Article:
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I'm facing this problem while re arranging my C++ project to avoid file name and namespace collision.

So, I replicated the issue on a simple project, Here is the files for it.

File client.hpp:-

#ifndef CLIENT_HPP
#define CLIENT_HPP

namespace work { namespace test {

    int get_age(){
        return 33;



File work.hpp:-

#ifndef WORK_HPP
#define WORK_HPP

#include <iostream>
#include "client.hpp"

namespace work { namespace test {

    class NewWork{
            NewWork(std::string name);
            std::string getName();
            int getAge();
            std::string _name;


File work.cpp :-

#include "work.hpp"

using namespace work::test;

NewWork::NewWork(std::string name) : _name(name) {}

std::string NewWork::getName() { return _name; }

int NewWork::getAge() { return get_age(); }

File main_fun.cpp :-

#include "work.hpp"
using namespace work::test;

int main(int argc, char **argv){

    NewWork w = NewWork("hari");

    std::cout << "Name: " << w.getName()
        << " Age: " << w.getAge()
        << std::endl;

    return 0;


File CMakeLists.txt : -

cmake_minimum_required(VERSION 2.6)


set ( SRC_FILES 


 add_executable(${PROJECT_NAME} ${SRC_FILES})

So while building this I'm getting the following error :-

Linking CXX executable work
CMakeFiles/work.dir/main_fun.cpp.o: In function `work::test::get_age()':
main_fun.cpp:(.text+0x0): multiple definition of `work::test::get_age()'
CMakeFiles/work.dir/work.cpp.o:work.cpp:(.text+0x0): first defined here
collect2: error: ld returned 1 exit status
make[2]: *** [work] Error 1
make[1]: *** [CMakeFiles/work.dir/all] Error 2
make: *** [all] Error 2

One thing I found was, If I make the function work::test::get_age() to static then it compiles and links without any problem. I didn't understand why it works with static.

The guards for the header files are proper, so no way it can be included multiple times, or I'm missing any thing here ?

Thank you,

Haridas N.

share|improve this question
Good work on the testcase. It could still be stripped down further, but I'm glad to see that you essentially "got it". – Lightness Races in Orbit Nov 19 '13 at 11:51
Thank you @LightnessRacesinOrbit – Haridas N Nov 19 '13 at 12:31
up vote 2 down vote accepted

You defined get_age in a header. That means it is copied into each translation unit, by the #include you have in each .cpp.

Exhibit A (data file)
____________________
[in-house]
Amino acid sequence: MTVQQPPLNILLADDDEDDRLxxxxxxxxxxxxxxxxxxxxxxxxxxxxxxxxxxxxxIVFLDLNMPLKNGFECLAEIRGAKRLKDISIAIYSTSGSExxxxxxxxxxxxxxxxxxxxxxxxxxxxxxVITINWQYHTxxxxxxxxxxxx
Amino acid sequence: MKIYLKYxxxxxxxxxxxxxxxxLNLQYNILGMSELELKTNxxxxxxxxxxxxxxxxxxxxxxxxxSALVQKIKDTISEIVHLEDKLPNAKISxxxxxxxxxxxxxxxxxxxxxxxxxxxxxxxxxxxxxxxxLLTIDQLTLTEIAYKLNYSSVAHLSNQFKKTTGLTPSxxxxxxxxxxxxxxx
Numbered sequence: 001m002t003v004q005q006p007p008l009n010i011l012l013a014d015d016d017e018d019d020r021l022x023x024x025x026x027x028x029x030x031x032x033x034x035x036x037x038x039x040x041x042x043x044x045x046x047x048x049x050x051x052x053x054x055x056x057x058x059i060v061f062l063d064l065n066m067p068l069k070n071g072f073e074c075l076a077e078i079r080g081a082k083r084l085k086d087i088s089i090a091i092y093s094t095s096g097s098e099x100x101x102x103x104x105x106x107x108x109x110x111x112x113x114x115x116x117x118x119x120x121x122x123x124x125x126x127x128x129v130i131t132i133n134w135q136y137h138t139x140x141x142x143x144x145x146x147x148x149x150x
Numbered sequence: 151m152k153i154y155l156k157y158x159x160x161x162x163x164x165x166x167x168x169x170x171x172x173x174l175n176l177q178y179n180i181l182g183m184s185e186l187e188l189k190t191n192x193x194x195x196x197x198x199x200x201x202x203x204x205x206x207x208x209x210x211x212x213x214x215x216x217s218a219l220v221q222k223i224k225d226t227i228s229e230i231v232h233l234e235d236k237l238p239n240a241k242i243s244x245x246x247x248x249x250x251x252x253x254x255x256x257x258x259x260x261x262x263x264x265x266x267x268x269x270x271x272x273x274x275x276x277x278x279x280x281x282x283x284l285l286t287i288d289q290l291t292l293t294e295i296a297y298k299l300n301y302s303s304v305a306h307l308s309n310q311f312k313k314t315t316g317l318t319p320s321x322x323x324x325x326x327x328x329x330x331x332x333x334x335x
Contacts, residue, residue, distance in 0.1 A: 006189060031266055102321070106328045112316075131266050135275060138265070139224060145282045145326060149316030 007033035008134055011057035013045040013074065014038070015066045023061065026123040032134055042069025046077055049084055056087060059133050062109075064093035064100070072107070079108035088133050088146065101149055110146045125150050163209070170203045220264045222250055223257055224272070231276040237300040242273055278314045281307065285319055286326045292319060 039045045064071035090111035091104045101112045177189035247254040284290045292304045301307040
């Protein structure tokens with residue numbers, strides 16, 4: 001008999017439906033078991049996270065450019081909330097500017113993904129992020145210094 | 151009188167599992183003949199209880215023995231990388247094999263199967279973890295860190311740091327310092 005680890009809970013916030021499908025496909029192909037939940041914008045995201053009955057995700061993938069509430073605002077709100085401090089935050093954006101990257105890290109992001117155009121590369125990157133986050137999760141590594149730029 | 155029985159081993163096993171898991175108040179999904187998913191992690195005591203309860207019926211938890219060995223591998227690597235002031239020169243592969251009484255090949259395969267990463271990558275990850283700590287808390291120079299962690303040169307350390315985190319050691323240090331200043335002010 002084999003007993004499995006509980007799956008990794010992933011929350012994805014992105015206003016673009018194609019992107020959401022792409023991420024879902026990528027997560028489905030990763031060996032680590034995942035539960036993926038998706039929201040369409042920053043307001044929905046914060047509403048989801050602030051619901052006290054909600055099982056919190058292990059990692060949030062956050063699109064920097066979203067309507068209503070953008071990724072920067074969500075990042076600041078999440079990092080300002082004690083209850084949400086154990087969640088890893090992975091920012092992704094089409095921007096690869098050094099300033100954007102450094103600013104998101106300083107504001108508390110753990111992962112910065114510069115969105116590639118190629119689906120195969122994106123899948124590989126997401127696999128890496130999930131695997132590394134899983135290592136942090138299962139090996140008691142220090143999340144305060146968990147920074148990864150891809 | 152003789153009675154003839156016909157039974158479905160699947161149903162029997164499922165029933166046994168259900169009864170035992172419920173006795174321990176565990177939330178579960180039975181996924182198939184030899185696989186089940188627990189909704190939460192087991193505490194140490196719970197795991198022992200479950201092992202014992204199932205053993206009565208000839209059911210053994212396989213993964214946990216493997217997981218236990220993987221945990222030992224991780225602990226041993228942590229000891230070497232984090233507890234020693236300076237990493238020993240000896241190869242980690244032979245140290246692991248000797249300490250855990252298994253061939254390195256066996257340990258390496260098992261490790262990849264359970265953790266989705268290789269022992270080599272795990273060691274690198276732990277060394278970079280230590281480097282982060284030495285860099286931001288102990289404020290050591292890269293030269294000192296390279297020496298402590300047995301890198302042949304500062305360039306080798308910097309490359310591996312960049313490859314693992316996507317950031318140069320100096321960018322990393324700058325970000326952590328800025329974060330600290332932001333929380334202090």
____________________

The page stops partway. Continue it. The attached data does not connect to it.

When you mark it static in namespace scope, that makes each copy "local" to that translation unit so no conflict occurs.

If you marked it inline, you'd be promising the compiler and linker that the definition is the same in each translation unit (which we can see it is) so the multiple copies would be magically rolled up into just one.

The proper approach, though, is to declare in your header and define in one source file, as you do with your class's member functions.

share|improve this answer
I was missing the translation unit. Thanks for the different solutions. – Haridas N Nov 19 '13 at 12:04
In case of generic functions or methods, the translation unit gets constructed specifically for that source by applying required types to the template right ? So is there any change the linker can see two object file has same function ? – Haridas N Nov 19 '13 at 12:30
@HaridasN: Translation units are not constructed from templates - it is a term that describes the code contained within a single .cpp and all the things you #included into it (conventionally). These are each compiled separately, then finally the resulting object files are linked together. Not sure I understand your final question... – Lightness Races in Orbit Nov 19 '13 at 12:36

When you include the client.hpp file, the get_age function is defined. And if you include the header file in more than one source file then you will have more than one definition of this function.

What you should do is to declare the function in the header file, and then define it in a single source file.

So in the header file do only

namespace work {
namespace test {

    int get_age();

And create the definition in a source file

int work::test::get_age() {
share|improve this answer
Didn't know you could use nested-name-specifiers in function definitions like that. Excellent. – Lightness Races in Orbit Nov 19 '13 at 11:50
One doubt is, The guards for the header files are getting used while constructing one object file right ?, ie; it avoids duplicate definition in one object file. is that why guards not enough in my scenario ? – Haridas N Nov 19 '13 at 11:58
@HaridasN The header guards protects agains multiple inclusion in the same source file only. You might want to read about translation units. – Joachim Pileborg Nov 19 '13 at 12:14
@JoachimPileborg Really that was I'm missing. I got it now, Thank you. Since LightnessRacesinOrbit's answer has more details.. I was accepted It. – Haridas N Nov 19 '13 at 12:19

Declare the function inline (as you've provided the implementation in the header...)

share|improve this answer

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